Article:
One trait that one can see through history is a belief that we can actually understand our world and improve it. This creates a tendency towards intellectual arrogance; people become sure that their theories about reality are right, and can build rational arguments and cherry pick data to buttress their belief. Yet shouldn’t we strive to understand the world in which we find itself and make improvements?
Yes, but sometimes the results are horrific. Over 100 million people were killed because people thought various forms of the ideology of Communism were accurate, and would produce a utopia if only a country could be reshaped, by force if necessary. We in the West are not immune. The neo-conservative thought that brought a destructive war to Iraq — and which in its early stages envisioned a kind of American imperium with Mideast states reshaped to become pro-American democracies — was based on similar arrogance. Our democracy and capitalist institutions are the right ones for the world, the neo-conservatives argued. We should be bold in even using force to expand their reach. Why do we so easily get seduced by illusions of certainty?
The problem, as noted by Renaissance Guy is that we have uncertainty in a world that requires us to act. Moreover, while any claim to certainty can be doubted, experience often proves beliefs to have been effective. I may be wrong, but my experience suggests that I’m probably right, so I’ll act as if I can assume certainty. For all practical purposes I’m certain gravity won’t cease to function, or that gas won’t change to wine in my car’s tank. Almost all of life runs that way — we can assume we are right in our beliefs because of practical experience, and we can act with certainty.
But what about complex and abstract beliefs, like ideologies, moral codes, or core values? Here things get murky. Experience is less likely to give one an answer about what is right or wrong. Moreover, experience is so vast that when you move from the concrete to the abstract you can choose the evidence you use and the interpretations you make in order to justify or rationalize any belief. Often the consequences of acting with certainty on a false abstract belief are not directly observable, or may themselves be ambiguous. China’s one child policy forced birth control and abortions on people, but the result is that they got their birth rate under control. Does that mean they did the right thing? Do we know the long term consequences yet?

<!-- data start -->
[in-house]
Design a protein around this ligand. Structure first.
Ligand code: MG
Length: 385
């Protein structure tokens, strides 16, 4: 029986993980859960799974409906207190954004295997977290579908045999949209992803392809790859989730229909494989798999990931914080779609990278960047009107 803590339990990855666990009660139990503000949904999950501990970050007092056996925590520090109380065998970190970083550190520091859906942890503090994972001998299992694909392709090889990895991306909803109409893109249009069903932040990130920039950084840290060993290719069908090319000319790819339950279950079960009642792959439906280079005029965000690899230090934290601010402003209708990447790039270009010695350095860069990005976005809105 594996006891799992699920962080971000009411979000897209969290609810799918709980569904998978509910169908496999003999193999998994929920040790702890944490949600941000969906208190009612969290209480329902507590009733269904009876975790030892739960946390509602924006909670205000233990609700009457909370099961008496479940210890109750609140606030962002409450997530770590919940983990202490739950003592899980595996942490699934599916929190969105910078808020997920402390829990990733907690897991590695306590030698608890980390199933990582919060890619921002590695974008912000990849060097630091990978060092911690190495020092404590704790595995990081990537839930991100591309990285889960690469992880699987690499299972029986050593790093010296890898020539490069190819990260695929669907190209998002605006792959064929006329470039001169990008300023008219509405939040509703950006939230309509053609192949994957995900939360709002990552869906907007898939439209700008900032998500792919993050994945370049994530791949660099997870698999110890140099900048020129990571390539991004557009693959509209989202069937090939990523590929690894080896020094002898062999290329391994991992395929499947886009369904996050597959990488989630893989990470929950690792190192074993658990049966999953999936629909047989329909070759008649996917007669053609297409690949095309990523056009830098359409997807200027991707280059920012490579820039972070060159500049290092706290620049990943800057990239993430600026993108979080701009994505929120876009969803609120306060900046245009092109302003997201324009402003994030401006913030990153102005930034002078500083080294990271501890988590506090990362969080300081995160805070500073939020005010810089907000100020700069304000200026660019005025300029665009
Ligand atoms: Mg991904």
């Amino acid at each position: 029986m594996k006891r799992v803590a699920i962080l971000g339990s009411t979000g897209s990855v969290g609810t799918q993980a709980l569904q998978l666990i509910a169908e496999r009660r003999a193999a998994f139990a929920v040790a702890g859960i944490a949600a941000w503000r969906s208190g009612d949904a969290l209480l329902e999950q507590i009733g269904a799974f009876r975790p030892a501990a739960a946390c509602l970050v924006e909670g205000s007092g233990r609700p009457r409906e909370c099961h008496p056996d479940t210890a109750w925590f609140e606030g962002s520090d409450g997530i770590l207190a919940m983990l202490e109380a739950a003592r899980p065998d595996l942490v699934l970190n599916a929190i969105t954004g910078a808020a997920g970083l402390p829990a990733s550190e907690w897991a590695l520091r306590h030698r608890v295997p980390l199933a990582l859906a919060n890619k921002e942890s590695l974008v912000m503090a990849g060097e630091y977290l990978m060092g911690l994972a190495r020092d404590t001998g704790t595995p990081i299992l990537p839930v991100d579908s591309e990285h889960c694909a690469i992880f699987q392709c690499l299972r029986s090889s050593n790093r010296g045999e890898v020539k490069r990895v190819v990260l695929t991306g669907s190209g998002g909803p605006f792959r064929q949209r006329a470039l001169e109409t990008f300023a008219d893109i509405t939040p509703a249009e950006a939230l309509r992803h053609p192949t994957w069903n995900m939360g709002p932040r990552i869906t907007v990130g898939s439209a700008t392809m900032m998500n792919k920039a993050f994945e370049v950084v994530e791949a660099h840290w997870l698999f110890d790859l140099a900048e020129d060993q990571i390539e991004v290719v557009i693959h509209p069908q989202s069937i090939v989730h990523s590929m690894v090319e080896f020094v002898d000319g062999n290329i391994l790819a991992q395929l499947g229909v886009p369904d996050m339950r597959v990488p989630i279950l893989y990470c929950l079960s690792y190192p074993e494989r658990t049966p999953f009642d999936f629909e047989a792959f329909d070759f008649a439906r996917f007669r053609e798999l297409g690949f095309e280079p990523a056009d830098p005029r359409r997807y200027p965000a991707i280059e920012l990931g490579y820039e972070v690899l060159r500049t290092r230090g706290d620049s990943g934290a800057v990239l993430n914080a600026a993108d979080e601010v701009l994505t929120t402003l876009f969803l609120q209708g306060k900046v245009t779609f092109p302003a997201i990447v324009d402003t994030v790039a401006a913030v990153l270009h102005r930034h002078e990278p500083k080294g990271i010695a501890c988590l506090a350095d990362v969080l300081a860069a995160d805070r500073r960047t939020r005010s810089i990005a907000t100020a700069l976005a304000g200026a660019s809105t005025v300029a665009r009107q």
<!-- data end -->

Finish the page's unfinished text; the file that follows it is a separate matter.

While consequences determine how we judge ‘correct’ beliefs in the world of objects, it may be that in the world of values and morality the consequence is either irrelevant or invisible. It could be that a morally correct action requires one to sacrifice ones’ own life and gain nothing. It may be that results of doing the right thing won’t be observable. I may not realize that by stopping to remove that debris from the road I prevented a car from an accident that would have taken two lives. We can’t know what might have happened differently if we acted differently.